Anyone who is pregnant, unless, in rare cases, your doctor feels it’s necessary

Anyone with a severe allergic reaction to a previous vaccination component

Those who are severely ill at the time of consideration

Anyone who has had Guillain-Barre Syndrome in the past

How to save on the meningitis vaccine

Check out health departments and pharmacies:  Consider bypassing your local doctor’s office to save on the office examination fee and instead, consider the local health department or even a local pharmacy such as CVS, Walgreens or Walmart.  These locations tend to be up to 40 percent cheaper than your doctor’s office.  To be certain, though, check with your office over the phone, as well as the locations listed, to see what they charge and if they accept your insurance.  Most places should be able to offer you an estimate over the phone.

Student health center:  For students, college students who did not get vaccinated can often take advantage of student discounted vaccinations at their student health center.  Check out your university’s health center website to see if you can find information.

Health insurance coverage:  As mentioned above, talk with your health insurance company to see if the vaccination is covered and if so, where you can go to take advantage of the insurance discount.  Oftentimes, as long as you’re in-network, you can either have the entire vaccination covered or you will be responsible for the co-pay.

Special vaccination days held by the city:  Some cities often hold a vaccination clinic day, where all of the local residents can come on a special day to take advantage of many vaccinations, aside from the meningitis vaccine, for a low cost.

Meet income requirements for free vaccinations: Those who meet certain income restrictions and are uninsured may be able to receive vaccinations for free at authorized locations.

Meningitis vaccine side effects

Mild to moderate problems may occur redness or swelling at the site of administration and/or a fever, drowsiness and/or muscle aches.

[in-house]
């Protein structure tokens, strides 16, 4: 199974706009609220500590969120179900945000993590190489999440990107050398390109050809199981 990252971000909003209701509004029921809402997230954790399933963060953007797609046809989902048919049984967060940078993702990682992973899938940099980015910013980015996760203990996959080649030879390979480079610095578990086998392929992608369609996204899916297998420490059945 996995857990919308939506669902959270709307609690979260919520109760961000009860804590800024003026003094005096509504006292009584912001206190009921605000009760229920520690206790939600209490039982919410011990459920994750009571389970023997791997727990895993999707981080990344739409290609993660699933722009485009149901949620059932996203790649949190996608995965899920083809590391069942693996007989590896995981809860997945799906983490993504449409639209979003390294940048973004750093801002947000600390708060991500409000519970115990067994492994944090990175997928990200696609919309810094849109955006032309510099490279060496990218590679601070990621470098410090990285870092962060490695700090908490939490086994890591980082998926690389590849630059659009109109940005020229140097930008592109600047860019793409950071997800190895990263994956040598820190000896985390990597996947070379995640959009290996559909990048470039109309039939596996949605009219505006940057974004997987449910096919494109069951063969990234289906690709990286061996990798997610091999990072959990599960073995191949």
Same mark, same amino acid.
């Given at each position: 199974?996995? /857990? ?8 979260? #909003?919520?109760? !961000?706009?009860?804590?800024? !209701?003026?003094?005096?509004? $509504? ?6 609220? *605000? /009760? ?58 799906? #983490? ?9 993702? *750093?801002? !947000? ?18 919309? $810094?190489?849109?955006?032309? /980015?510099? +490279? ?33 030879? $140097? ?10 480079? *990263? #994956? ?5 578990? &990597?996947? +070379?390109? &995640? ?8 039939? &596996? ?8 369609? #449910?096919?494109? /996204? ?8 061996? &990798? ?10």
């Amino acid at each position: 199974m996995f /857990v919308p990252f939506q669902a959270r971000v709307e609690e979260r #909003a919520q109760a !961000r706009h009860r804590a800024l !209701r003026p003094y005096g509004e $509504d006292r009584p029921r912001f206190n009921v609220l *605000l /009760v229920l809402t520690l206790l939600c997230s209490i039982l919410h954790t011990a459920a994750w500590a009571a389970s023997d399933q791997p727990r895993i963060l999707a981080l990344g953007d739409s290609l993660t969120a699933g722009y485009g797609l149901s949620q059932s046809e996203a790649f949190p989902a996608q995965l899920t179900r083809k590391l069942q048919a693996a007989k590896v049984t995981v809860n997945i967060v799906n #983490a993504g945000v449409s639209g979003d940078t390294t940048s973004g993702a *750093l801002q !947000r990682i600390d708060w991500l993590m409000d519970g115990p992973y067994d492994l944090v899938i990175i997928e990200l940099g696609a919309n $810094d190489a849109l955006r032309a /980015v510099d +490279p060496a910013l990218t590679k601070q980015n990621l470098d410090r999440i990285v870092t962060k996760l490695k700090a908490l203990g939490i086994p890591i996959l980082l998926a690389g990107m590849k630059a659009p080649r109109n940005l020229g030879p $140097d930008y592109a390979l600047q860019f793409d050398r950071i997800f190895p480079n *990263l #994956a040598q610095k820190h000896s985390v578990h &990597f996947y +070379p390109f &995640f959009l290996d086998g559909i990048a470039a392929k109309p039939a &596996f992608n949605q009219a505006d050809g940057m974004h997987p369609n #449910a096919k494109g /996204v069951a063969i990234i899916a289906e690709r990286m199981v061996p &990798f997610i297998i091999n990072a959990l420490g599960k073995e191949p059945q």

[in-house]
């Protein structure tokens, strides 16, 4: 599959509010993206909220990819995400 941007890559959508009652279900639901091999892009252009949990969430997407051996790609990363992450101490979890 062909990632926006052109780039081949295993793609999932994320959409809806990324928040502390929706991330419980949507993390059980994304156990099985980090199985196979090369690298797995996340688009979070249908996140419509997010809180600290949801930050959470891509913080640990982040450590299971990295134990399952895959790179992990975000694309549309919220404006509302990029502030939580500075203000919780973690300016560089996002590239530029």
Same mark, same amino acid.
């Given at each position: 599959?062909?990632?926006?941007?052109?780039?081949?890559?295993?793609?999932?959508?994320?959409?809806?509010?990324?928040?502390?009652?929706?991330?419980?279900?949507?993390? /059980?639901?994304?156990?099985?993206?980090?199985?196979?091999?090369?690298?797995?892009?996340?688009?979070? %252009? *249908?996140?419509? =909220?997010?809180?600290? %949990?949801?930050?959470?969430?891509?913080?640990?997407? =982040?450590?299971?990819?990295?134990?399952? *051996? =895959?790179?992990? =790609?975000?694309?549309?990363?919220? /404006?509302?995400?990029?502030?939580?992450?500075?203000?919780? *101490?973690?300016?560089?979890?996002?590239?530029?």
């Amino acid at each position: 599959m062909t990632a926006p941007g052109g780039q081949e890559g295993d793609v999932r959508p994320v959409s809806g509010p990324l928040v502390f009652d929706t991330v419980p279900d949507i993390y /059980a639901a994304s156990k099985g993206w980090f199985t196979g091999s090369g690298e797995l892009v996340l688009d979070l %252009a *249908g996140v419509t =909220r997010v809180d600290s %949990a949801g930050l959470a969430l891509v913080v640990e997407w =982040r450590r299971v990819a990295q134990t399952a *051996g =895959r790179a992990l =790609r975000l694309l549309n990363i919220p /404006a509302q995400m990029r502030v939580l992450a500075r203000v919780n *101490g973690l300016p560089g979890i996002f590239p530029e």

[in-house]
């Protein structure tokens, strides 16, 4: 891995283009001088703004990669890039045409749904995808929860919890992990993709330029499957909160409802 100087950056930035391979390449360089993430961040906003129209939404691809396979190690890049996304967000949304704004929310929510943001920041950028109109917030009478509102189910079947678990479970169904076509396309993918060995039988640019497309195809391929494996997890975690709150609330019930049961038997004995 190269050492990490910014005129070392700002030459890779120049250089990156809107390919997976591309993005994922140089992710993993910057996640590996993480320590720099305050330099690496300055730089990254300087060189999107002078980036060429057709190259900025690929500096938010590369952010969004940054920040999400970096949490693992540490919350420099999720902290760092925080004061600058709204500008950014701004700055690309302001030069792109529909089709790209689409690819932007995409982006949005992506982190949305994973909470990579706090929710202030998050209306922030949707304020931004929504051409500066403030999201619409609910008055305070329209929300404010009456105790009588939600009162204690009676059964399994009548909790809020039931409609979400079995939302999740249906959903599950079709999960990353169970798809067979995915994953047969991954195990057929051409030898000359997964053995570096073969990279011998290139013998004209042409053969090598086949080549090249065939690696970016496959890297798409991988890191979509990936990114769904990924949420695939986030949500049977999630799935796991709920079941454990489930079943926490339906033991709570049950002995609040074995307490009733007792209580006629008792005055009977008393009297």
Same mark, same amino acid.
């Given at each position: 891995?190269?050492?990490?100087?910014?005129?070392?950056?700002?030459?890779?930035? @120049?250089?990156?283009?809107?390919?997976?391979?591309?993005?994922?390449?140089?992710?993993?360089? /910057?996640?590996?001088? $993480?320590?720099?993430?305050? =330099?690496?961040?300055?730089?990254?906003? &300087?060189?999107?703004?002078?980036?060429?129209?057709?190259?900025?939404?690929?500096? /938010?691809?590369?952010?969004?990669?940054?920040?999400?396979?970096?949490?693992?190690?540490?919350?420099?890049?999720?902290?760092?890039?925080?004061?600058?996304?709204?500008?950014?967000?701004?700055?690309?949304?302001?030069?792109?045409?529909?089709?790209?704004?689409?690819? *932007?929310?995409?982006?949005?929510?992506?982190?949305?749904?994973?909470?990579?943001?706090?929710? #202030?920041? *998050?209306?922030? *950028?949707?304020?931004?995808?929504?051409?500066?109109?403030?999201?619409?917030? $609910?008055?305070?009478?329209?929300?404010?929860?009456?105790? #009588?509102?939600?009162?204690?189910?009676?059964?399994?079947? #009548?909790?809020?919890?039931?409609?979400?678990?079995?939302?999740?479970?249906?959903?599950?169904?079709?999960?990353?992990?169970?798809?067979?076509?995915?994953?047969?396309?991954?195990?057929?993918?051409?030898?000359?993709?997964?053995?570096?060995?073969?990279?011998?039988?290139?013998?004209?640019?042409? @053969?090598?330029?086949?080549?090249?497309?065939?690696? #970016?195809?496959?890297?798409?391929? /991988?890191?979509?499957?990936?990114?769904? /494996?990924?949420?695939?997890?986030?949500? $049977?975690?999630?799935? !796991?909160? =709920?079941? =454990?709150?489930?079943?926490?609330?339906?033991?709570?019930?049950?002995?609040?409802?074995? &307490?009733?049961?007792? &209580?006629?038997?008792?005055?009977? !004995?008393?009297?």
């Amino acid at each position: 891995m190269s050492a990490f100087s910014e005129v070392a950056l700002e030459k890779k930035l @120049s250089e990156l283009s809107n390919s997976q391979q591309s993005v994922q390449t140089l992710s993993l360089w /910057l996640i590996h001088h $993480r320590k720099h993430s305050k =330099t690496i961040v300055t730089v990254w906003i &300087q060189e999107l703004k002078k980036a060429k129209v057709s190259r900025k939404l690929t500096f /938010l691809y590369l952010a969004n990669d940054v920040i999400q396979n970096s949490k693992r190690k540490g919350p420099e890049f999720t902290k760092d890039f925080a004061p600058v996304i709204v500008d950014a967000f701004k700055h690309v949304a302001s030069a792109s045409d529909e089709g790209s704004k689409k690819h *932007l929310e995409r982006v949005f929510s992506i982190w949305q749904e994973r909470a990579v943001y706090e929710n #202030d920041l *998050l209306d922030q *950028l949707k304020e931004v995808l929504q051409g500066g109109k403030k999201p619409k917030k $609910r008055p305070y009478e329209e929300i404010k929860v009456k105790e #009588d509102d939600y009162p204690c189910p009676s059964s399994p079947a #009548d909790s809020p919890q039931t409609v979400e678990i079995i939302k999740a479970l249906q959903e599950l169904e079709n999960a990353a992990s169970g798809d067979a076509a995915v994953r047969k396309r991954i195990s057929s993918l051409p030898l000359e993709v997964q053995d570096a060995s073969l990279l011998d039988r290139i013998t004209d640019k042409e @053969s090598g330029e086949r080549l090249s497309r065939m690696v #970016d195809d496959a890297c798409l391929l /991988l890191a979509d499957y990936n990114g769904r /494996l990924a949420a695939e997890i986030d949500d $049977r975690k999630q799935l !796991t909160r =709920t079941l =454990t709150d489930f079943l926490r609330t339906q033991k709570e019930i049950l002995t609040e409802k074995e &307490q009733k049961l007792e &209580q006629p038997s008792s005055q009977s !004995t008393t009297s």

Severe problems, albeit rare, can include a difficult time breathing, wheezing, hives, pale skin, dizziness and/or a fast heartbeat.

This is not a complete list of all side effects.  A full list can be found here.  If you experience any of these side effects, contact a medical professional immediately for help.

Tips to know

All children, around ages 11 to 12, should be vaccinated via a single dosage of meningococcal conjugate vaccine, as per the CDC.  Since this protection will decrease over time, as mentioned above, a booster will be recommended at around 16 years old, where teenagers are at their highest risk of attracting the disease.  While teenagers and younger adults can be vaccinated with a serogroup B meningococcal vaccine, the CDC does recommend you talk with your physician for more information to see if it’s necessary or not.

A lot of college campus will require proof of the meningococcal conjugate vaccination within the past five years before starting school.

The minimum time needed between the doses of meningococcal conjugate vaccine is eight weeks.

The CDC, according to its official website, has no preference as to which brand your child reecievs, whether its Menactra® or Menveo®.